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Northern Ireland

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Introduction

Northern Ireland Northern Ireland has been having problems now for a long time. The tension has increased more and more throughout the years and during this essay; I'm going to focus on the main events in the last century. I will concentrate on the events of the Easter rising of 1916, the deployment of British troops in 1969, and Bloody Sunday 1972. It is important to look into the history of Ireland to understand what lead to these events occurring. In 1711 the English monarchy claimed rights over Ireland. At this time England was a Catholic country so Ireland became Catholic. However 400 years later in the reign of Henry the V111 the protestant religion became the main religion of England as he wished to be divorced. The majority of the Kings and Queens who succeeded Henry were Protestant. This meant that the rulers of Ireland were mainly Protestant. However Ireland itself remained a Catholic Country. In 1603 James the first came to the throne. It was obvious to see the religious tension as in the case of the gunpowder plot in November 1603. Guy Fawkes was a Catholic and him and his friends were trying to kill the king. In 1641 the British civil war had begun. The people in Ireland were rebelling. When the war was finally over, Oliver Cromwell was sent to Ireland and he massacred thousands of them, not just for rebelling, but for been Catholic. 1689, the date of the Battle of the Boyne. William of Orange had a famous Protestant victory over the Catholics. He had gone to Ireland simply to kill Catholics, for the sake of the safety of the Monarchy. This is still remember today by Catholics. The Potato famine in 1840 added to the tensions between the two religions. Up to about 3,000,000 Irishmen starved and had no help from their Protestant neighbours even though help could have been easily given. ...read more.

Middle

The Paras entered the town expecting gunfire, snipers could be anywhere, tall flats each one might contain a sniper who was to know and who wasn't. Ten minutes before the Paras were due to go in to action a gunshot was heard. This was the beginning of the end of the disastrous day. It is still unknown where that shot came from. Was it from a Para or a sniper? That is a debate still going on today. After a gunshot had been heard the soldiers had been told to mover forward, sheet targets. This is what they did. It wasn't long after this that it was noticed that Jackie Doddie had been shot. The Bishop of Derry, Dr Edward Daly, witnessed it. He strongly said that he was shot by somebody in the flats near the church. There is also much evidence for this fact for example a gunshot was heard at that time, and there is a picture of somebody with a possible gun type weapon. From then on the whole of the town was chaotic. It had been a strict order at the beginning of the day that the paras were not to go into Rosville Street, as it was full of innocent people, which meant accidents could easily happen. However the paras were there even though they were strictly told not to be. Guns, missiles and stones were all over the place. No one knew what was going on and noone was safe. At the end of the day 13 people had been killed and 14 people had been injured. The Paras however had been heard saying "Job well done" and such as phrasings. They had done the job, which was to stop the rioting, and they were pleased. Colonel Wilford still says to this day that none of the people killed that day were innocent. All of the people were breaking the law and all of them that were out there knew that. ...read more.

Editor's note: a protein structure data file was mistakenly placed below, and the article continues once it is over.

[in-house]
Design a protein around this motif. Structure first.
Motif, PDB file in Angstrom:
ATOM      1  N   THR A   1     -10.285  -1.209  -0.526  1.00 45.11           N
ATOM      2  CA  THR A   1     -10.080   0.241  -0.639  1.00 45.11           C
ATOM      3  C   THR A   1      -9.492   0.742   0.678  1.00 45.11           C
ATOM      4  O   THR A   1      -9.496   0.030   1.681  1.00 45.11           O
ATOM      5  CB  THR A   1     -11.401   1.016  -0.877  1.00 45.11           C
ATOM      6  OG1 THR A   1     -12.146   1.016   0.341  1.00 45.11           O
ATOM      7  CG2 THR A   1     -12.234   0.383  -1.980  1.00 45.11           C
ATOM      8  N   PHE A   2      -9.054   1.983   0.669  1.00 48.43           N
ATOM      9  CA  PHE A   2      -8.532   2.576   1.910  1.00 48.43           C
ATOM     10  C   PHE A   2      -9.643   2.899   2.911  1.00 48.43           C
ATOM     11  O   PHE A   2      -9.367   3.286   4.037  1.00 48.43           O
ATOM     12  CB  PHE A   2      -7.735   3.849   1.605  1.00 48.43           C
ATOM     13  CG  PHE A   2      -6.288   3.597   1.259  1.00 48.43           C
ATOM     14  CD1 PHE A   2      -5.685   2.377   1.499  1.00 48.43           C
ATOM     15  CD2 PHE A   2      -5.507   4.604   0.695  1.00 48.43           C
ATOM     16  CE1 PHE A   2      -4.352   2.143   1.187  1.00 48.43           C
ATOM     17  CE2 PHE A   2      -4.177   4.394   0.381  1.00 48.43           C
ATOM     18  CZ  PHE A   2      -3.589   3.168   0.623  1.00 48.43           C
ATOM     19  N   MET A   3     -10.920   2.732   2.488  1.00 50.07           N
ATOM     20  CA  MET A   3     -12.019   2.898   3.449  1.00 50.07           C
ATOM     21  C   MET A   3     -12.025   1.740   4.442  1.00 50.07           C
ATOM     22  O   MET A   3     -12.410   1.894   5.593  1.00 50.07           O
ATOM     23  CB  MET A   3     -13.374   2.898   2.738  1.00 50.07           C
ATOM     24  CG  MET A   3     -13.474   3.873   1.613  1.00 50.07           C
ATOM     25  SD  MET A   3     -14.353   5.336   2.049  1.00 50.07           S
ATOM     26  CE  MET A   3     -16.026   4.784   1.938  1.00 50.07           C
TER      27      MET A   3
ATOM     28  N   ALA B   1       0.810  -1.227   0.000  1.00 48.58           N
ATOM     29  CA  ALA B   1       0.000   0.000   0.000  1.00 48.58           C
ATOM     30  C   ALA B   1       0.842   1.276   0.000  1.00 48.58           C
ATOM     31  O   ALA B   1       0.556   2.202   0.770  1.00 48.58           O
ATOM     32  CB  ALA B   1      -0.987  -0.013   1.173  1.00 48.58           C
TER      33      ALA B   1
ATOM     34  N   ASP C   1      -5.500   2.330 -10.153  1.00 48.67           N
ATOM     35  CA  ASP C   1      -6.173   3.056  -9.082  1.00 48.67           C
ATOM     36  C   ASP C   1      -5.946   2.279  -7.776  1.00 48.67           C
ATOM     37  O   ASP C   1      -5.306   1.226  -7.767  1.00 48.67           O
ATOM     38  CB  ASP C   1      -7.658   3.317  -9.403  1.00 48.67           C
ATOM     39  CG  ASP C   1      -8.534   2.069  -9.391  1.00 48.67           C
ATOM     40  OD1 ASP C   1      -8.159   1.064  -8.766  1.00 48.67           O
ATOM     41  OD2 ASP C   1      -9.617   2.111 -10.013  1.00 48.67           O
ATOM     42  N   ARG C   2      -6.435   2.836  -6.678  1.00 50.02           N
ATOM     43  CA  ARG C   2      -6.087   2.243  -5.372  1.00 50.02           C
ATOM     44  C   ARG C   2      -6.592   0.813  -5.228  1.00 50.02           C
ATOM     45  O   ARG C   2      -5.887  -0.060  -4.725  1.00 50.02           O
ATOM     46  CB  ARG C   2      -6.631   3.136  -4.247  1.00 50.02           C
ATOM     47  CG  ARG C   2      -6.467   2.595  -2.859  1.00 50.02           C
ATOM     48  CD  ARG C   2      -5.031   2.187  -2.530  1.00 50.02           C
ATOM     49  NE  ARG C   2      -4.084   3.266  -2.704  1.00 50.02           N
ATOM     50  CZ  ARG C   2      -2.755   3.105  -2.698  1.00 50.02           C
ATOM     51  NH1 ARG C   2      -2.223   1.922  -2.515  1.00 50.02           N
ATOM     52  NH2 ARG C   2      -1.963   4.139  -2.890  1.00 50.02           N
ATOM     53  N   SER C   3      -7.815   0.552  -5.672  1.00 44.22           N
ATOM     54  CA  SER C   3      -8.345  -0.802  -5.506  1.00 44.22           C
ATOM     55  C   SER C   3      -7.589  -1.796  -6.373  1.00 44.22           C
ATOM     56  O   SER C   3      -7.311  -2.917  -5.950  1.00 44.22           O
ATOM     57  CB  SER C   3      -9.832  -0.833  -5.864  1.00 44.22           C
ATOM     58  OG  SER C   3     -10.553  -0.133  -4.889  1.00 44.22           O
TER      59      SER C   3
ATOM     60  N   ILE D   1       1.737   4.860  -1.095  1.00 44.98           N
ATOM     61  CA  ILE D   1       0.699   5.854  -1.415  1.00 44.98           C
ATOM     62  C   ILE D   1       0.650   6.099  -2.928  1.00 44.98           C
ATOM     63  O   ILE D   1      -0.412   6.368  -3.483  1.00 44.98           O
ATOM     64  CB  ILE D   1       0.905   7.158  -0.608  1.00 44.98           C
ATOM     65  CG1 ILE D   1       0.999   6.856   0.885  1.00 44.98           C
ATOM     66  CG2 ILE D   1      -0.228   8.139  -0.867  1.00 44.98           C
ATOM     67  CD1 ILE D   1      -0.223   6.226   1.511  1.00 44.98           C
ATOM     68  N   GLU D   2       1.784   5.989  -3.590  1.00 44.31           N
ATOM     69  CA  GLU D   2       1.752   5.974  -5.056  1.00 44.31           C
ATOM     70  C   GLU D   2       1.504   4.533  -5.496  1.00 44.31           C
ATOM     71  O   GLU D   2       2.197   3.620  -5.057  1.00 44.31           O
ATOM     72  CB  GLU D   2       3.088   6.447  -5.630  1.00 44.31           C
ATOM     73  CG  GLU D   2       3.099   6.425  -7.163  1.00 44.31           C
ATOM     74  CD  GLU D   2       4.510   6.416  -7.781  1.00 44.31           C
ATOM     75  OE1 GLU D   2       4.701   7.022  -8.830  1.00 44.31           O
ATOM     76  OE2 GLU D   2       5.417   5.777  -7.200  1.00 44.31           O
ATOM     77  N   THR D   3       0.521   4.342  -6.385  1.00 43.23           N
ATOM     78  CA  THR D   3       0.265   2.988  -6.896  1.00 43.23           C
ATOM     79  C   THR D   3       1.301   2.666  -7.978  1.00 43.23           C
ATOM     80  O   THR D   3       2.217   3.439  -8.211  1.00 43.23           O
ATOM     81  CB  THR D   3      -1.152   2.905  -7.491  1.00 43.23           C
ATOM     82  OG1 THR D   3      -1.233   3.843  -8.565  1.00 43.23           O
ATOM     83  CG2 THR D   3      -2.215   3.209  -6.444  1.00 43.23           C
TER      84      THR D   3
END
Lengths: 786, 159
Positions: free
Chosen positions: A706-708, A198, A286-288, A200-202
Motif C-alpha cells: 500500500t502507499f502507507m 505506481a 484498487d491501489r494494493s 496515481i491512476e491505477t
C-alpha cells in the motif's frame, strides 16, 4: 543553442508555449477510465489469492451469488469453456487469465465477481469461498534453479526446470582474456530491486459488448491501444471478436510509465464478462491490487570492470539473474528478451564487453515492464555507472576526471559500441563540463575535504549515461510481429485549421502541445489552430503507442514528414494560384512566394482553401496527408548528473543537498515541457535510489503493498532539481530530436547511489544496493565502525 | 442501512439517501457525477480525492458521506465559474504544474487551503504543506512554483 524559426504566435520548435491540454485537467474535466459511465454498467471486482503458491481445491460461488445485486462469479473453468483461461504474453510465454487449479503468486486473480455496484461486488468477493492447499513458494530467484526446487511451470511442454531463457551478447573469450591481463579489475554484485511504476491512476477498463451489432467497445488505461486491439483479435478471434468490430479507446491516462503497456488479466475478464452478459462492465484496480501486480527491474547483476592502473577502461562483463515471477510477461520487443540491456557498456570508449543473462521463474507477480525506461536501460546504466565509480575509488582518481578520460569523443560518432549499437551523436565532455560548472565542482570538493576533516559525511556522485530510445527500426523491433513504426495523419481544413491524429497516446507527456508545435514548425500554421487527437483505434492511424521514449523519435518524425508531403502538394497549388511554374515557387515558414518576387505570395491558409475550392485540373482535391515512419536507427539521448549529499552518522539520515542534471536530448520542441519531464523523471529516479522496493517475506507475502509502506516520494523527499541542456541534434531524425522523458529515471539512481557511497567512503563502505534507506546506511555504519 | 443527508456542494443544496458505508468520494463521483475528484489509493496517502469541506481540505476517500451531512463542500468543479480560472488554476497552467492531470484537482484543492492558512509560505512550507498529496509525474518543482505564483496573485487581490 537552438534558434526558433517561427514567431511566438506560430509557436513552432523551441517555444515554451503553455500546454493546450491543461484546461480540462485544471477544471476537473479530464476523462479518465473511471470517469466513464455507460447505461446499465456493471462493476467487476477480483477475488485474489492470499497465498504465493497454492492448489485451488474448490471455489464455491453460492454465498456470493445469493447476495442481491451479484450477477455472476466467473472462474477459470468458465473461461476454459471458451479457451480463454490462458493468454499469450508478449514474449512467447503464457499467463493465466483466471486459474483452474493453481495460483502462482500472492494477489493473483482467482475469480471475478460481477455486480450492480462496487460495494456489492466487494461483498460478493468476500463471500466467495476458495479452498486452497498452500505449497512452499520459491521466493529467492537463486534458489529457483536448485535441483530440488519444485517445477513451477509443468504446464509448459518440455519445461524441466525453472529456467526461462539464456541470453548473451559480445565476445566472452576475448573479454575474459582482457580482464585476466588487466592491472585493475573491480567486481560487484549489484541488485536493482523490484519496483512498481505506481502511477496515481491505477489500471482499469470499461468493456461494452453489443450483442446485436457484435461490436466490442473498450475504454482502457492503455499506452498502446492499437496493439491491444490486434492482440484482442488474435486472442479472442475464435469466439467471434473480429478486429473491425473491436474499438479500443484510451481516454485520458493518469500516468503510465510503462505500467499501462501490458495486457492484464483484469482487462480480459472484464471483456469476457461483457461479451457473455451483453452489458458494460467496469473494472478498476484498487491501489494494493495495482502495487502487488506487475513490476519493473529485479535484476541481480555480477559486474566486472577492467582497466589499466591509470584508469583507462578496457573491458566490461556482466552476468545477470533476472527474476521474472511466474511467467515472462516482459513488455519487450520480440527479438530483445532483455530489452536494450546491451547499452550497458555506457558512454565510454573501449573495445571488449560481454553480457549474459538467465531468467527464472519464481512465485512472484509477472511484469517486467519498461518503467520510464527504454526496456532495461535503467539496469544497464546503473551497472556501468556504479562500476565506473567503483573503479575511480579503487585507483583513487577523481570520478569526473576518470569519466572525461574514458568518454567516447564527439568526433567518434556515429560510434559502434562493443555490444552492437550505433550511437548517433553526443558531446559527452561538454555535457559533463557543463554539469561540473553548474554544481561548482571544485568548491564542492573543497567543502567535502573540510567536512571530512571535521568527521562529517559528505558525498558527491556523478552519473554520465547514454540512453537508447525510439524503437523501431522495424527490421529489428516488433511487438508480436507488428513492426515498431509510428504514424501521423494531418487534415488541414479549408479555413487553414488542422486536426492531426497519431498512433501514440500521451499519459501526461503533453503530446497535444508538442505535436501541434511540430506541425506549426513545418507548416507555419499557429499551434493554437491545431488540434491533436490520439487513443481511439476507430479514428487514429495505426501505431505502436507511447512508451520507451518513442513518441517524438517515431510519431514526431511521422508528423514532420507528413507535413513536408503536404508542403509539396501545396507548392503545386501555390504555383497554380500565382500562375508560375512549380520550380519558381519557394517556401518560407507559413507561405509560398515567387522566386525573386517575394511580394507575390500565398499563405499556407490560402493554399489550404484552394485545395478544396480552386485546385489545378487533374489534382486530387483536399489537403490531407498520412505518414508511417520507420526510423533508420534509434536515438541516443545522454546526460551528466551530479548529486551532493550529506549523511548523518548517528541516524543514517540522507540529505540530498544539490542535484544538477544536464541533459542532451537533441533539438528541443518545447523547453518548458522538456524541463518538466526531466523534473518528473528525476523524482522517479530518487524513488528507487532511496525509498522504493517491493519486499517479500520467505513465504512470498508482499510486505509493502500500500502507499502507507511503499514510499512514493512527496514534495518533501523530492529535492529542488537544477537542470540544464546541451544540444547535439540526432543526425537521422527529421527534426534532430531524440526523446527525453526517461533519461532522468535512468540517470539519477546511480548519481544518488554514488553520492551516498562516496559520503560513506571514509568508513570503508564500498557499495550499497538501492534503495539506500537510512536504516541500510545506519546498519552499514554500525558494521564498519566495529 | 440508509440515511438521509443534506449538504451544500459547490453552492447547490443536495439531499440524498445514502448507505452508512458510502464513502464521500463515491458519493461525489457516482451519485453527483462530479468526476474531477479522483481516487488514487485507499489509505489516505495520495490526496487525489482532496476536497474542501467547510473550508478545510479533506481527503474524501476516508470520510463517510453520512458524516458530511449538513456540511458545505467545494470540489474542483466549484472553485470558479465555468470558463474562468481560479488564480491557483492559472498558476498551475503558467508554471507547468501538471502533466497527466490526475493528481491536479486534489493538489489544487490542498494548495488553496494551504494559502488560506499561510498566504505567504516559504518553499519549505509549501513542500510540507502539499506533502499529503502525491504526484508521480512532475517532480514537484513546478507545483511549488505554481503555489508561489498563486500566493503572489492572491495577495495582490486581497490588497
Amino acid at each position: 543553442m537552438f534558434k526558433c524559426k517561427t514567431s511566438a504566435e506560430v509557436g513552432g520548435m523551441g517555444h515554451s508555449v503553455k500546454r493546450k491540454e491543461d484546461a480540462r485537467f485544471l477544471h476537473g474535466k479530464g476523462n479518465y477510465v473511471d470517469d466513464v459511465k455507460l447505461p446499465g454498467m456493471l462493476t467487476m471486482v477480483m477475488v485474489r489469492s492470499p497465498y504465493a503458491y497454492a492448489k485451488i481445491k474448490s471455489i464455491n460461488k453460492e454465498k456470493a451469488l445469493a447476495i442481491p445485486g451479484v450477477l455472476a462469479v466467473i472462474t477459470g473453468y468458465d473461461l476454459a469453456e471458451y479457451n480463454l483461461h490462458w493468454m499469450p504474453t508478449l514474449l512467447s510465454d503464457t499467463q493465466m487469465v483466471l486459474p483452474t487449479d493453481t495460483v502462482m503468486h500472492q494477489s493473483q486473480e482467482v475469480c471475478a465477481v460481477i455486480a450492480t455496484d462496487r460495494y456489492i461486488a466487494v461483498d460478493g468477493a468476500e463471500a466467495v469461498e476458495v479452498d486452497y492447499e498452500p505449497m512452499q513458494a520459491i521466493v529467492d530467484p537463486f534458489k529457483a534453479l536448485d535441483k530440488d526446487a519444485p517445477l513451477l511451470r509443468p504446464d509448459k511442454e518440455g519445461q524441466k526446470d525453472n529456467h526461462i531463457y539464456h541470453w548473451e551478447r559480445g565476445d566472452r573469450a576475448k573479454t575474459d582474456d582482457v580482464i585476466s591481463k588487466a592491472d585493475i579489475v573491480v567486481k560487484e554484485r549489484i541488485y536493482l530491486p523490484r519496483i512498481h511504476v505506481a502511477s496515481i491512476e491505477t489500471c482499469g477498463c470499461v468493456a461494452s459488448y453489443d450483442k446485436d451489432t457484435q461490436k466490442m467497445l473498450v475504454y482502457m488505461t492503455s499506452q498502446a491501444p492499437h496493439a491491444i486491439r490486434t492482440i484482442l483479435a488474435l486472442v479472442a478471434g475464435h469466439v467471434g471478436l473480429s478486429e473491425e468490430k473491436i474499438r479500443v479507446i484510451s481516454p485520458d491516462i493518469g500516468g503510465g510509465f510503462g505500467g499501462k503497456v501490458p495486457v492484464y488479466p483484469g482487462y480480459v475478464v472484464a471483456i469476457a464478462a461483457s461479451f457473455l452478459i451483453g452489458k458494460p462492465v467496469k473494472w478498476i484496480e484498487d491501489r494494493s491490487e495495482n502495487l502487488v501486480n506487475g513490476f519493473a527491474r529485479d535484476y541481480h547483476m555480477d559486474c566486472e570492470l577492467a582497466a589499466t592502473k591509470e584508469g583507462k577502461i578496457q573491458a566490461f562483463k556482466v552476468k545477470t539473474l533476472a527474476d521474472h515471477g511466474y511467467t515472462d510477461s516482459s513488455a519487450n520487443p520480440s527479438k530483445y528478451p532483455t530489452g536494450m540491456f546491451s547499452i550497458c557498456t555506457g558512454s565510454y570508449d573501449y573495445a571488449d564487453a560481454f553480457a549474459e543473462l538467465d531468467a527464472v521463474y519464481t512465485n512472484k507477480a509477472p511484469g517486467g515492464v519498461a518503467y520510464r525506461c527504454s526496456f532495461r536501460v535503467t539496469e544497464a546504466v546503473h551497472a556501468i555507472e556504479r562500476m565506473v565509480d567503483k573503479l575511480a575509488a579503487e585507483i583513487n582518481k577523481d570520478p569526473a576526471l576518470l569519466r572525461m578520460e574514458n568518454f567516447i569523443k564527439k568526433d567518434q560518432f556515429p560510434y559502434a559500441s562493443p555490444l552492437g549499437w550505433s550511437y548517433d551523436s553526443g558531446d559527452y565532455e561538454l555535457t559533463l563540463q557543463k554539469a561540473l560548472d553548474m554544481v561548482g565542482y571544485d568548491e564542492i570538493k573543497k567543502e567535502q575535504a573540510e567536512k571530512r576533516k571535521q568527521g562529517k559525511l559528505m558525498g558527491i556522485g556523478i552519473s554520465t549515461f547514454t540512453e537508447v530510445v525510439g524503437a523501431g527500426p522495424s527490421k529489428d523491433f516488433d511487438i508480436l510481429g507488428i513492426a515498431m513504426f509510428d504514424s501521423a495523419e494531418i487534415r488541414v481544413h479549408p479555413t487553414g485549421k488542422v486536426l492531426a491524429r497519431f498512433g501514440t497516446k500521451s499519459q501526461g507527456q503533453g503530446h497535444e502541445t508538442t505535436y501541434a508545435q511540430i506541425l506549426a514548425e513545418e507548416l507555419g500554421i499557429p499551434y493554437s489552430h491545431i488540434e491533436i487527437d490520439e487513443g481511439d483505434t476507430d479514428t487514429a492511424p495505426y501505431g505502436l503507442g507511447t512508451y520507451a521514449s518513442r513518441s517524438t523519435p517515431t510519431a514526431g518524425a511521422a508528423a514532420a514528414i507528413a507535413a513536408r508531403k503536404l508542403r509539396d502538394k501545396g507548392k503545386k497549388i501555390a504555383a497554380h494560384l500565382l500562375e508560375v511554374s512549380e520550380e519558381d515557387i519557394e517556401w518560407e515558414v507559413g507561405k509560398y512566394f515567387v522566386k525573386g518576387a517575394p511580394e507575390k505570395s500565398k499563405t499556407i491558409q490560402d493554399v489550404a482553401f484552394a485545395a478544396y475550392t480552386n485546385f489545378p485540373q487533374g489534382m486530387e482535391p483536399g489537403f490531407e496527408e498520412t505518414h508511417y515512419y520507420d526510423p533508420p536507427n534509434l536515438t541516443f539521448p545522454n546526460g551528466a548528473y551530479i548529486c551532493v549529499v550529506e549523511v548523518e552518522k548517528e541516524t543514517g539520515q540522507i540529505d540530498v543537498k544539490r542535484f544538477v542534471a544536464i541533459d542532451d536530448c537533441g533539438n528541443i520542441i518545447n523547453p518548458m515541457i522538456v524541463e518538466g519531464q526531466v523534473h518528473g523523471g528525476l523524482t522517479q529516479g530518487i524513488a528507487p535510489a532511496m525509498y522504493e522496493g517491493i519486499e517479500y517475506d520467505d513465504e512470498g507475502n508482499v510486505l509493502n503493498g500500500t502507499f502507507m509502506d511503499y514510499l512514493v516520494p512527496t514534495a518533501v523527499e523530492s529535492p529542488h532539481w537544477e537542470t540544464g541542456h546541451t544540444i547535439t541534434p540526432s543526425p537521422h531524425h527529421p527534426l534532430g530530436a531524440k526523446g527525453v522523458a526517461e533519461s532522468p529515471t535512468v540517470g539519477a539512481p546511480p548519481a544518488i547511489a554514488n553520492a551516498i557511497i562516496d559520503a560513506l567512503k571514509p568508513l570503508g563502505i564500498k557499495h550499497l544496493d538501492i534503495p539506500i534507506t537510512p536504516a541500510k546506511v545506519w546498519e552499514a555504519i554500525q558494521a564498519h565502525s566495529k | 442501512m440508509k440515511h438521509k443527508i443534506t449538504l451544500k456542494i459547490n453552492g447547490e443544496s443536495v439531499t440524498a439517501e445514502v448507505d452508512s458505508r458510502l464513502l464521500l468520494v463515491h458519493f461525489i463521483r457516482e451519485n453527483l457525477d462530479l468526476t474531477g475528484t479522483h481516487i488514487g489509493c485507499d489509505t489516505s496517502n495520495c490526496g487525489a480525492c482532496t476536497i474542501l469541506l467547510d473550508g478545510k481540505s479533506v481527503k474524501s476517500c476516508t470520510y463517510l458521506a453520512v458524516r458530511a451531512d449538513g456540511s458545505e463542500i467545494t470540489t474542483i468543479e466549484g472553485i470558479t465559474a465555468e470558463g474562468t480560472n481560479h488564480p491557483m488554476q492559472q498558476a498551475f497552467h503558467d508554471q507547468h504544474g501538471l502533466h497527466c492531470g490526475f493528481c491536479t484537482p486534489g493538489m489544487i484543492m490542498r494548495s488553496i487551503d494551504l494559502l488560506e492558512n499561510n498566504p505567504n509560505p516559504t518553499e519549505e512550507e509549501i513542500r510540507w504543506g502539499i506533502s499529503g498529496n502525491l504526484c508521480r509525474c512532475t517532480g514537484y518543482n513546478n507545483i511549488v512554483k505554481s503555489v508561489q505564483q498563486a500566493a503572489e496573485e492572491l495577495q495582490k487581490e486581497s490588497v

Conclusion

However there was still the issue of Decommissioning to resolve, this subject seemed to have no end. No matter what was happening the IRA refused to decommission. It was not until after the events of September 11th that the IRA had to think of what to do next. After America had announced its war on terrorism, the main supply of money to the IRA was stopped. (The main supply came from New York). This lead to a lack of money with the IRA, so they decided innocently to begin to decommission. There are still unresolved problems in Ireland despite the agreement. Ian Paisley refuses to communicate with Sinn Fein, simply because they have different views to Paisley. Unionists are still having trouble trusting the Northern Irish Police, as 90% of them are Protestants. As much as the agreement talked of cease-fire, bombings were and are still occurring the main one probably happened in 1999 in Omagh where many innocent people were killed. Overall after this agreement in 1998 the short-term consequences were that people felt safer and they felt motivated to move on from this point. Unlike the other attempts the Good Friday Agreement did not have repercussions and the people, even the extremists seemed happy this had happened. In the long term this agreement has been kept as like a contract. And has been tried to be stuck to at all costs. So far this agreement is still working and as I said before the IRA have begun to decommission. Overall this attempt has been and is hugely successful. It has taken the idea of Power sharing, and taken the points of the Downing Street Declaration and added a newly improved attempt on the top. Therefore it is the best of both the attempts before plus more. After all the events starting from William of Orange and finishing now it shows that maybe that finally the Catholics are beginning to trust the Protestants. This would be for the first time in history. ...read more.

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